Results from our investigation into the distinct proliferative responses of T cells to pulsed stimulation with IL-2 or IL-15 revealed a critical role of IL-2/15R signal duration in regulating T cell proliferation. We found that the increased receptor occupancy and surface persistence of IL-15 and mtIL-2, a result of their higher α-chain binding affinity, drove proliferation through prolonged duration of signaling from the receptor after cytokine withdrawal compared with cells pulsed with wild-type IL-2. A closer examination of the inability of F15R-Kit cells pulse stimulated with wild-type IL-2 to proliferate despite signaling for ∼6 h revealed that T cell proliferation required a constant signal input from the IL-2/15R. This result may be related to the role of IL-2 signaling in T cell peripheral tolerance, where a requirement for constant IL-2/15R signaling for cell division might ensure proliferation of activated T cells only during the early immune response when high levels of IL-2 are produced and secreted by Ag-activated T lymphocytes (3, 4, 15, 37).
Investigation into the distinct metabolic activity triggered by IL-2 and IL-15 in T cells revealed the critical role played by IL-2/15R signal strength in the regulation of T cell proliferation and metabolism. We found that F15R-Kit cell size increased with IL-2/15R signal strength, whereas proliferation remained identical for both IL-2– and IL-15–stimulated cells. Because the relative differences in cell size were maintained over several days while proliferation rates remained constant, the cell size differences were not a result of differential rates of cell cycle progression. This result suggests that cell proliferation and size were both directly regulated through IL-2/15R signal strength but in a quantitatively distinct manner. F15R-Kit cell proliferation changed digitally with IL-2/15R signal strength, whereas F15R-Kit cell size showed an analog linear dependence on IL-2/15R signal strength.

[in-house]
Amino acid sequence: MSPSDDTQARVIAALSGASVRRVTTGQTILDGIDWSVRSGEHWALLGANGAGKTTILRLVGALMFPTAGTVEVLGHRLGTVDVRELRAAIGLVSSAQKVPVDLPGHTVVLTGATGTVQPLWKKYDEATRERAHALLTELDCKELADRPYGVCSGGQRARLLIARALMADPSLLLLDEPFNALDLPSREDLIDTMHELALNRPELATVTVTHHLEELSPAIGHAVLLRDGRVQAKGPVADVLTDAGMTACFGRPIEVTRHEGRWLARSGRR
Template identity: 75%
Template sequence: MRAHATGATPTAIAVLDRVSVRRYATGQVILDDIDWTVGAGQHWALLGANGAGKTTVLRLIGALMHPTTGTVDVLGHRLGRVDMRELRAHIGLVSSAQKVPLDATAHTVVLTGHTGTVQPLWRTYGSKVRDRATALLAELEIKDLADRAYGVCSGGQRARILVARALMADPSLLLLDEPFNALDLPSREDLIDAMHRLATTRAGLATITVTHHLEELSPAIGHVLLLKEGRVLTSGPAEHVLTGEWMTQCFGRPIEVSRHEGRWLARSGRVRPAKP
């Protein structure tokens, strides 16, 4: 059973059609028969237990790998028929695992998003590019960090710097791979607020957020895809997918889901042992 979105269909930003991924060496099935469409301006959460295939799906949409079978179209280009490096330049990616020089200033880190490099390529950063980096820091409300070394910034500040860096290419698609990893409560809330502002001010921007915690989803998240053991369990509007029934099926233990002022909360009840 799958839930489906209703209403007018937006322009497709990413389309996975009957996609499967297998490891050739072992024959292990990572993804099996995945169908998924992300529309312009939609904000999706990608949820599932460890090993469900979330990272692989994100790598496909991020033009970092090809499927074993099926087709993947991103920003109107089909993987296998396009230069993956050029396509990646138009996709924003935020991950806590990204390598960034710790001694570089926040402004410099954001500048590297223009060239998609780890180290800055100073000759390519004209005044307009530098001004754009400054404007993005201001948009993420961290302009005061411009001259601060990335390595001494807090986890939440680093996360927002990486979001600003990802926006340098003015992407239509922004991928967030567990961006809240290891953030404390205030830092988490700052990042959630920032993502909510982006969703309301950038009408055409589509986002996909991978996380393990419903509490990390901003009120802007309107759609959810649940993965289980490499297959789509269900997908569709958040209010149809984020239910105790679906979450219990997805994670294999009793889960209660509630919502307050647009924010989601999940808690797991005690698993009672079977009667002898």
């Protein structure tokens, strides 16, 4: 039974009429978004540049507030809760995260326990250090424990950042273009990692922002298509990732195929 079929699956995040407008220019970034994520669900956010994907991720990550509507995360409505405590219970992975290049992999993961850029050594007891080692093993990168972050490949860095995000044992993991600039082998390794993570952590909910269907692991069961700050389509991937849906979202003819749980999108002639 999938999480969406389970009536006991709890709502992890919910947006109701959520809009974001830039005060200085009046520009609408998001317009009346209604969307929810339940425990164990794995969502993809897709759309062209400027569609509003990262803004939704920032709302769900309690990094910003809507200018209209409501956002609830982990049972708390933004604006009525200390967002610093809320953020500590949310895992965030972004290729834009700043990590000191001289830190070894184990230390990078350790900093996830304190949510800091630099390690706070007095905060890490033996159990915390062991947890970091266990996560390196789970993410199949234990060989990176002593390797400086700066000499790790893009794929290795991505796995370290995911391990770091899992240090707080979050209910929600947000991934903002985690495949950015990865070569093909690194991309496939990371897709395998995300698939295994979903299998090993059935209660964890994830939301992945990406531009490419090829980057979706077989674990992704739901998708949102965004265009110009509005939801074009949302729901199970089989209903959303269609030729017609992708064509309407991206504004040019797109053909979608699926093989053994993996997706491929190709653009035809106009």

The regulation of T cell size by IL-2/15R signal strength appears to be mediated through its effects on T cell metabolic activity, because glycolytic activity of F15R-Kit cells correlated directly with IL-2/15R signal strength and cell size. Proliferation remained identical for cells with glycolytic activity above a minimum threshold, suggesting that cytokine stimulation triggers metabolic activity in excess of proliferative demand. Although not directly measured in this study, the increase in glycolytic activity of F15R-Kit cells upon IL-2 or IL-15 stimulation is likely a result of increased expression and activity of glucose transporters and metabolic enzymes (31–35, 38). The analog relationship between glycolytic activity and consequently cell size may be a result of the direct dependence of glucose transporter and glycolytic enzyme expression levels on IL-2/15R signal strength (35, 36, 38, 39). Our results showing a linear relationship between cell size and mTOR pathway activation for both IL-2– and IL-15–stimulated F15R-Kit cells lend support to this idea (36, 38, 39).